is read twice!) - Actual data bit 8 is missed and is seen by RX as

a stop bit! - A framing error occurs if bit 8 is 1 or 0?

700

800

Start

893

8th data bit is taken as the stop bit!- If 1

error not Detected!- if 0 framing error occurs

Asynchronous Transmission Efficiency

What are we paying to compensate for lack of

proper TX to RX synchronization?

- Each Char uses 1 start bit 2 stop bits (3

non-data bits) - with 8-bit data and no parity
- ? Efficiency Useful Data / Total Data

8/(83) 72 - ? Overhead Non Data bits / Total Data

3/(83) 28

100

Asynchronous Transmission Pros Cons

- Advantages
- Simple
- Cheap
- Good for data with large gaps in between

(e.g. terminal to a computer) - Snags
- Overhead of 2 or 3 bits per short character

(20) - Limit on character size

(Timing errors accumulate within

large characters)

Synchronous Transmission Bit-Level

Synchronization

- Allows transmission of large blocks of data

(frames) - Need both bit-level and frame-level

synchronization - Bit-level synchronization (to prevent timing

drift) - Use a separate clock line between TX and RX
- OK over short distances
- Subject to transmission impairments over long

distances - Or Embed clock signal in data using
- Self-clocking codes, e.g. Manchester or

Differential Manchester encoding - Or carrier frequency for analog signals (shift

keying) - Frame-level synchronization
- Preamble Postamble flags

Synchronous Frame Format

- Typical Frame Structure (more details in Ch.7)

Data field User Data Or Payload Data to be

exchanged

Preamble bit pattern Indicates start of frame

Postamble bit pattern Indicates end of frame

Control fields convey control information

between TX and RX

Preamble/Postamble flags ensure frame-level

synchronization

Synchronous Transmission Efficiency

- Example HDLC data link protocol uses a total of

48 bits for control, preamble, and postamble

fields per frame - With a data block consisting of 1000 characters

(8-bits each), - ? Efficiency 8000/(800048) 99.4
- ? Overhead 48/8048 0.6 (Vs 20 for Async)
- Note higher efficiency and lower overhead

compared to asynchronous transmission

Errors in Digital Transmission

- Error occurs when a bit is altered between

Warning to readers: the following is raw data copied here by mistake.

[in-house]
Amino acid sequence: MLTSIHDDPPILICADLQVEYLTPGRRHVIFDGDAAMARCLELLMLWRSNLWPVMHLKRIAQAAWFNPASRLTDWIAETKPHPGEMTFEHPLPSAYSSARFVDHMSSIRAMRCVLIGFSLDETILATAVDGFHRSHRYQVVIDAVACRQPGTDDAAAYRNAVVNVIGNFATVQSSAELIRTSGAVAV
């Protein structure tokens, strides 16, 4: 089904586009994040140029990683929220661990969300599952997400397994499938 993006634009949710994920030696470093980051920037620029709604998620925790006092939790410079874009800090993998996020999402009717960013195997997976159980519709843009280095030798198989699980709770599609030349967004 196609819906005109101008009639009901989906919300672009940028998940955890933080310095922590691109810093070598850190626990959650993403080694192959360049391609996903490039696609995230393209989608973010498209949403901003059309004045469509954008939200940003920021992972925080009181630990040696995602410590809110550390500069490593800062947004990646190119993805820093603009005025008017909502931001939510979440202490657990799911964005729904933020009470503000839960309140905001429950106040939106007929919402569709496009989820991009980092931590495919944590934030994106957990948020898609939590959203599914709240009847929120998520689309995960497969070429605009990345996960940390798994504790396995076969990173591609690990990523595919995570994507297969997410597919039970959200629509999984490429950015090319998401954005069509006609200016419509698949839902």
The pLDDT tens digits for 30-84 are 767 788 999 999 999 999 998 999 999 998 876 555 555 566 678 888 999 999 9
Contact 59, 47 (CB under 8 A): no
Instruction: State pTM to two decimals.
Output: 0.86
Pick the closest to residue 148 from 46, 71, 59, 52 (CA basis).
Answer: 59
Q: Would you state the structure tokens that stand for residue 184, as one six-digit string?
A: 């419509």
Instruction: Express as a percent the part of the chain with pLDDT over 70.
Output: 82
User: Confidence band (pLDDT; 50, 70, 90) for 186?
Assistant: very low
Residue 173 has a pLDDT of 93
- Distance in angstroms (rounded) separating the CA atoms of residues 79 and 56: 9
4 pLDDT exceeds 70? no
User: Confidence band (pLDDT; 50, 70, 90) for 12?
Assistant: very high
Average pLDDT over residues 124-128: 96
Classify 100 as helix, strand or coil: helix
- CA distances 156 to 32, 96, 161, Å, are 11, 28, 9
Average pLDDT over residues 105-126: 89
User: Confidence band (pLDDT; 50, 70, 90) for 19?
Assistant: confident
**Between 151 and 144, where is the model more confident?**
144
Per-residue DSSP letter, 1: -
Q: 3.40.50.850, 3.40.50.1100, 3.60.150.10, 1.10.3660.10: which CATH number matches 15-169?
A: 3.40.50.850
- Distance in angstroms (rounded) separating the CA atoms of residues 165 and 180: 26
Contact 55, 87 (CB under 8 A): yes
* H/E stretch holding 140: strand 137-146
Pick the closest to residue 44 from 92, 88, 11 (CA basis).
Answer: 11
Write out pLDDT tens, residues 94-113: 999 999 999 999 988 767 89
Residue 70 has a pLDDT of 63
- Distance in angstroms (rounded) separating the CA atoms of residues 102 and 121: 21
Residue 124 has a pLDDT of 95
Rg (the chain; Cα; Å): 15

transmission and reception (0 ? 1 or 1 ? 0) - Two types of errors
- Single bit errors
- One bit altered
- Isolated incidence, adjacent bits not affected
- Typically caused by white noise
- Burst errors
- Contiguous sequence of bits in which first, last,

and any number of intermediate bits are in error - Caused by impulse noise or fading (in wireless

communication) - More common, and more difficult to handle
- Effect is greater at higher data rates
- What to do about these errors?
- Do nothing? (Is this acceptable?)
- Detect them (at least, so we can ask TX to

retransmit!) - and Correct them (if we can)

- Will show that - Without error

detection/correction - rate of erroneous frames - received would be unacceptably large!

Frame Error Rate

- We know about the bit error rate (BER)
- But we send data as large frames ? We are more

interested in frame error rate (FER) - How does BER affect FER?

- Hence, for a frame of F bits,
- Prob frame is correct (1-BER)F Decreases

with increasing BER F (bad) - Prob frame is erroneous 1 - (1-BER)F Frame

Error Rate (FER)

A frame of F bits

- A single bit error
- A whole frame
- in error

All bits must be Correct!

Prob 1st bit in error BER Prob 1st bit

correct 1-BER

From bit error To frame error

Prob 2nd bit in error BER Prob 2nd bit

correct 1-BER

Prob Fth bit in error BER Prob Fth bit

correct 1-BER

All bits must be Correct!

Increases with increasing BER F (bad)

Motivation for Error Detection Correction

Example

- ISDN specifies a BER 10-6 for a 64kbps channel
- Let frame size F 1000 bits
- What is the FER?
- FER 1 (1 BER)F 1 (0.999999)1000 10-3
- Assume a continuously used channel
- How many erroneous frames in one day ?
- Number of frames sent/day (64,000/1000

frames/s) (24 3600 s/day) - 5.5296 106 Frames/day
- Number of erroneous frames/day
- 5.5296 106 10-3 5.5296 103
- Typical requirement Maximum of 1 erroneous frame

/day! - i.e. frame error rate is too high to be